Martine Colette, the founder of Wildlife Waystation, a sanctuary for exotic animals that ran for 43 years just outside the Los Angeles city limits, died on Jan. 23 at a hospital at Lake Havasu, Ariz. She was 79.
The cause was lung cancer, said Jerry Brown, her publicist and friend.
Waystation, which Ms. Colette created in 1976 in the Angeles National Forest, was among the first sanctuaries of its kind for exotic animals that had been abused, abandoned, orphaned or injured. It would rehabilitate them and, if possible, return them to the wild.
After financial difficulties and staff turmoil in recent years, Ms. Colette retired in 2019, and Waystation was closed. During the sanctuary’s existence, its website said, it rescued more than 77,000 creatures, including Siberian and Bengal tigers, lions, leopards, jaguars and camels, as well as native wildlife, including foxes and various reptiles and birds.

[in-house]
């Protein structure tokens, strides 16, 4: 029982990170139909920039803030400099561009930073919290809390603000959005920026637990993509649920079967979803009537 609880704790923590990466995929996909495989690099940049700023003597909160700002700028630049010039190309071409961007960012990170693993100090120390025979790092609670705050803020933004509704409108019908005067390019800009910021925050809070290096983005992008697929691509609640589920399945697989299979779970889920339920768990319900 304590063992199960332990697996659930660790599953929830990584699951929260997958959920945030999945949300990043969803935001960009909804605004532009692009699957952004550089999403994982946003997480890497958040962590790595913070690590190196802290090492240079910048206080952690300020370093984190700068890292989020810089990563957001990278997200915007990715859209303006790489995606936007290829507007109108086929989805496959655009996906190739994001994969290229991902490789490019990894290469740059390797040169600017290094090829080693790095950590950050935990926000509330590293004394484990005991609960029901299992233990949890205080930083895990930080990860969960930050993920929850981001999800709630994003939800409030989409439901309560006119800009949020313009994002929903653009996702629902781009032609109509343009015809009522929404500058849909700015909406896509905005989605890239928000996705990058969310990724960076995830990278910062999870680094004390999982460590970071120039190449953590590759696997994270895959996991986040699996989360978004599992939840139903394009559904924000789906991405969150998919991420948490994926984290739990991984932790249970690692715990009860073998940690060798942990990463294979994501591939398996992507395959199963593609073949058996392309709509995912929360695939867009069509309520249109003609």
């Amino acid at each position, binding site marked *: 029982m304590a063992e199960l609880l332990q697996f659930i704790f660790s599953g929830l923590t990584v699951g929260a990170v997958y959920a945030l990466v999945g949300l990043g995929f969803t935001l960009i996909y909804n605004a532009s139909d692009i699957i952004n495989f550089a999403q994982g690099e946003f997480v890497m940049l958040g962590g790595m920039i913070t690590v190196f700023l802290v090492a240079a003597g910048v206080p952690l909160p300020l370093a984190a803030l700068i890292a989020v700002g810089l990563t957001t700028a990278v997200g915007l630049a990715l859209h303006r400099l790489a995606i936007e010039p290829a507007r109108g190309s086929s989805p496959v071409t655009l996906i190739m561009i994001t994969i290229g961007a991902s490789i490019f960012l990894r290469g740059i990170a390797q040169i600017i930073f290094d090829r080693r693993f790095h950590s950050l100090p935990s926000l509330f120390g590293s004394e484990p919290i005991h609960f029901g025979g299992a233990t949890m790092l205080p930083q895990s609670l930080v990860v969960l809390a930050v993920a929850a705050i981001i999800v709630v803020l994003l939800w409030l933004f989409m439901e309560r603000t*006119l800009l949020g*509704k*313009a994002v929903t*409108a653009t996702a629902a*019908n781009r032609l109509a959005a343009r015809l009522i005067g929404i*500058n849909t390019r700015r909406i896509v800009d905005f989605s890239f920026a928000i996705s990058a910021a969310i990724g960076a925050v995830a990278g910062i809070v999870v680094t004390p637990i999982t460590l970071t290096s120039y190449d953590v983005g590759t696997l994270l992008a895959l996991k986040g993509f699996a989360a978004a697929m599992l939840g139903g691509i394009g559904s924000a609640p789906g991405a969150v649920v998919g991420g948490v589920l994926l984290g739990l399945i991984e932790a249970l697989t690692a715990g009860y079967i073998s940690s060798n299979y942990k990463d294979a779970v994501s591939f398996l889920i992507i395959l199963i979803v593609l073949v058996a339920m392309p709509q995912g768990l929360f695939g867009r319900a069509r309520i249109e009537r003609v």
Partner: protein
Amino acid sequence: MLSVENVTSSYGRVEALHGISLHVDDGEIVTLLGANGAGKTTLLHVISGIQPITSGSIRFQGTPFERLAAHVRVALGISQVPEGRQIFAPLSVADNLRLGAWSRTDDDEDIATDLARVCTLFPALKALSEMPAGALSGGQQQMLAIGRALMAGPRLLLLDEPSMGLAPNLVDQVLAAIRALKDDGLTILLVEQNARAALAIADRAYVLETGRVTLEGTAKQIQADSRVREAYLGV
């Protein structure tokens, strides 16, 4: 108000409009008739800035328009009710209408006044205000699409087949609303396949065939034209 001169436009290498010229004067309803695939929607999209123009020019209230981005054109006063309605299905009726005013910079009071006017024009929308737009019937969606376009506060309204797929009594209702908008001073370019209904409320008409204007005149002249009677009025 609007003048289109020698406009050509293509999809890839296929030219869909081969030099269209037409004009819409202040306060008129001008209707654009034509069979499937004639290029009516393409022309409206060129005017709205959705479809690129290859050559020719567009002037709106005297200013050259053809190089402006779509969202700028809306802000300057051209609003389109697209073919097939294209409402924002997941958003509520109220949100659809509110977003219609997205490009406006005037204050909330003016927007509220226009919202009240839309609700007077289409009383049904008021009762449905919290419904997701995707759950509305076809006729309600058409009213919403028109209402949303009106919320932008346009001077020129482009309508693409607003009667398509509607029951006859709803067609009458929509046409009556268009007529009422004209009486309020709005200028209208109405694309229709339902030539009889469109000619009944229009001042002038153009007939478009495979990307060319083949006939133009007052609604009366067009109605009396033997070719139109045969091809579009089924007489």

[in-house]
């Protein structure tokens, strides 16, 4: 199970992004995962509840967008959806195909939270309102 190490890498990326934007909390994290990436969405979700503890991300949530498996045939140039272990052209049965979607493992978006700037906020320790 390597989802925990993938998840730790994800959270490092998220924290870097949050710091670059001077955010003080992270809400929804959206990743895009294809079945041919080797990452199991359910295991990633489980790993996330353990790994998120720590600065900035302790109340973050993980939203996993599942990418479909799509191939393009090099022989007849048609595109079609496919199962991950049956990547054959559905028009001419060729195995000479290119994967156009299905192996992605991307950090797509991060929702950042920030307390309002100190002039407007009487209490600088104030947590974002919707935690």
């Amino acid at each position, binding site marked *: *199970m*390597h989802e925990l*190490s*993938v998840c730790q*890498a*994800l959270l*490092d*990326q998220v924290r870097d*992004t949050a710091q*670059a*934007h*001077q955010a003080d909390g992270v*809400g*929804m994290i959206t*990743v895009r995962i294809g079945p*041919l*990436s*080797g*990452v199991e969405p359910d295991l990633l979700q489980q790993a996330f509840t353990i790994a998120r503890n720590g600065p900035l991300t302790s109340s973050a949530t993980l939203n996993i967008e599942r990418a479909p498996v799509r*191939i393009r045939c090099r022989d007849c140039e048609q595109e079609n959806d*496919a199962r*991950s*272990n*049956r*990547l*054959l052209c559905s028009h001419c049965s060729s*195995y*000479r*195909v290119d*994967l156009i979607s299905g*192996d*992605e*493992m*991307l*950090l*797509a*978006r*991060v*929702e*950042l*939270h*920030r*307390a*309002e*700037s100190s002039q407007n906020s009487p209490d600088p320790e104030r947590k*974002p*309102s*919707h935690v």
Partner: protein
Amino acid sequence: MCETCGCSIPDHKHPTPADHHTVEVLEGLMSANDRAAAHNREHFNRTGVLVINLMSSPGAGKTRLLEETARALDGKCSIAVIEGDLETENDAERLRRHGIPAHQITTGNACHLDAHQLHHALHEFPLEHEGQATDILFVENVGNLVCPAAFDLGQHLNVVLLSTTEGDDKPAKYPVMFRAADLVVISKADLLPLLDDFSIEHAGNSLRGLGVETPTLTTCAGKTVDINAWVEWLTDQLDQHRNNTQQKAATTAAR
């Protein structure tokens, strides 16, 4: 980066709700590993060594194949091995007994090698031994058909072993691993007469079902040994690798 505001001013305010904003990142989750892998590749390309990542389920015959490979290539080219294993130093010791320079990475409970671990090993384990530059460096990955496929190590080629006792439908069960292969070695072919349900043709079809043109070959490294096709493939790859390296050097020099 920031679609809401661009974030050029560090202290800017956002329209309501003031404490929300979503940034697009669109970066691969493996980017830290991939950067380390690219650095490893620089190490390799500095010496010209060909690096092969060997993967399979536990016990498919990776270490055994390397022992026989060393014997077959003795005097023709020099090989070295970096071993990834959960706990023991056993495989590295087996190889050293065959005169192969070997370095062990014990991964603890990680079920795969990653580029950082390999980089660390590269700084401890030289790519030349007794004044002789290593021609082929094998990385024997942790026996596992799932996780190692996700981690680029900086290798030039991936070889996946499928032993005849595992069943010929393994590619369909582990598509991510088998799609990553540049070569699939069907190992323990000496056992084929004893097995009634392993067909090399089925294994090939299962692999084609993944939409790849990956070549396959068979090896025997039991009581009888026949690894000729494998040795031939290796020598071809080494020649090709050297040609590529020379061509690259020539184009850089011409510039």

Many of the animals were castoffs from the pet trade, traveling roadside attractions or research labs; others had been brought in from the wild. Some came from nearby Hollywood, where they had been used on the sets of movies and television shows and taken home as pets, only to become a nuisance or a danger to the homeowner.